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Photography students see life through the pandemic lens

First-year photography student Rory Woodland crouches to get the best shot for his glass assignment. Once a week, first-year photography students get a chance to work in the studio. Image credit: Rory Friend

Looking through the lens, the process of learning how to use the camera has changed compared to the pandemic.

Students and teachers alike have adapted well to distance education. However, there were struggles.

“I know my theory courses haven’t moved well online. Interaction, either through demos or playing with lenses or light, or seeing a student’s response to the lesson, is over,” said Tracy Byers-Reed, professor of photography at Algonquin College.

Students still have the ability to ask questions through Zoom calls by accessing the chat option or using the raise of the hand feature. However, when some students shy away from their shyness when in person, being behind a computer screen does not translate to the same according to Byers Reid.

“I like the ability for students to ask questions through Zoom chat, but it’s not a substitute for seeing a questioning look, hearing a sigh or a quiet question from the shy person in the back, or a student asking a question that seems random in the classroom, but no You feel comfortable doing it online.”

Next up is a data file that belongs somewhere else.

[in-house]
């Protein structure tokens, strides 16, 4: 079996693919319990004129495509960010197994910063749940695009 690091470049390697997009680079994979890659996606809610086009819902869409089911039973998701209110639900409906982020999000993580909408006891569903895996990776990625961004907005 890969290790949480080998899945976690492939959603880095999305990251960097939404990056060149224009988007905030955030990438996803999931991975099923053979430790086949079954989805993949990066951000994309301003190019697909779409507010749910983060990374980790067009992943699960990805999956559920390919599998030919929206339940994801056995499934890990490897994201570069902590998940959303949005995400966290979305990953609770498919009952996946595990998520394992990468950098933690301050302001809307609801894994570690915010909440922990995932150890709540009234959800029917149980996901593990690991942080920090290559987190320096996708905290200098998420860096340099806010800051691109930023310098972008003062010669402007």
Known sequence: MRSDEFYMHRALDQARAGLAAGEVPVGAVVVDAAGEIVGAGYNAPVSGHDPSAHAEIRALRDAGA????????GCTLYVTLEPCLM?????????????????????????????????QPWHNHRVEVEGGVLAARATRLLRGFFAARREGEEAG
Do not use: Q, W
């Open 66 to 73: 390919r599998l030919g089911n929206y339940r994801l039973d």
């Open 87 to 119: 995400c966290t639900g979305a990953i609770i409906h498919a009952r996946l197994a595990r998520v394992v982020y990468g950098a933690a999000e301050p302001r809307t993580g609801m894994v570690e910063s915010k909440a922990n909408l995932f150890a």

Students facing the delivery of new courses have come to expect and accept the new standard brought by COVID-19 mandates. However, they still remember the past.

“My biggest stress is the inability to have conversations outside of class with classmates and professors. I have discovered that you can learn a lot from informal conversations with each other, learn each other’s unique interests and experiences more easily and be able to reach out to them for advice or impart Know when you’re stuck in a problem or need ideas for first-year photography at Algonquin College, said Tila Morrison, a first-year photography student at Algonquin College.

As delegates and protocols change, there has been a disruption in creating a fixed schedule and conducting classes in an orderly manner.

“The unknown was probably the biggest stressor for me. Things have changed so much and so fast, that you can’t count on anything. We might be told we’re going to come face to face in a month,” said Tracy Cherry, a first-year photography student at Algonquin College. Everything is different.”

“It reduces your ability to learn from each other,” Morrison said.

“It is difficult to learn under these conditions, for both the staff and the students. My schedule has changed many times,” said Sherry.

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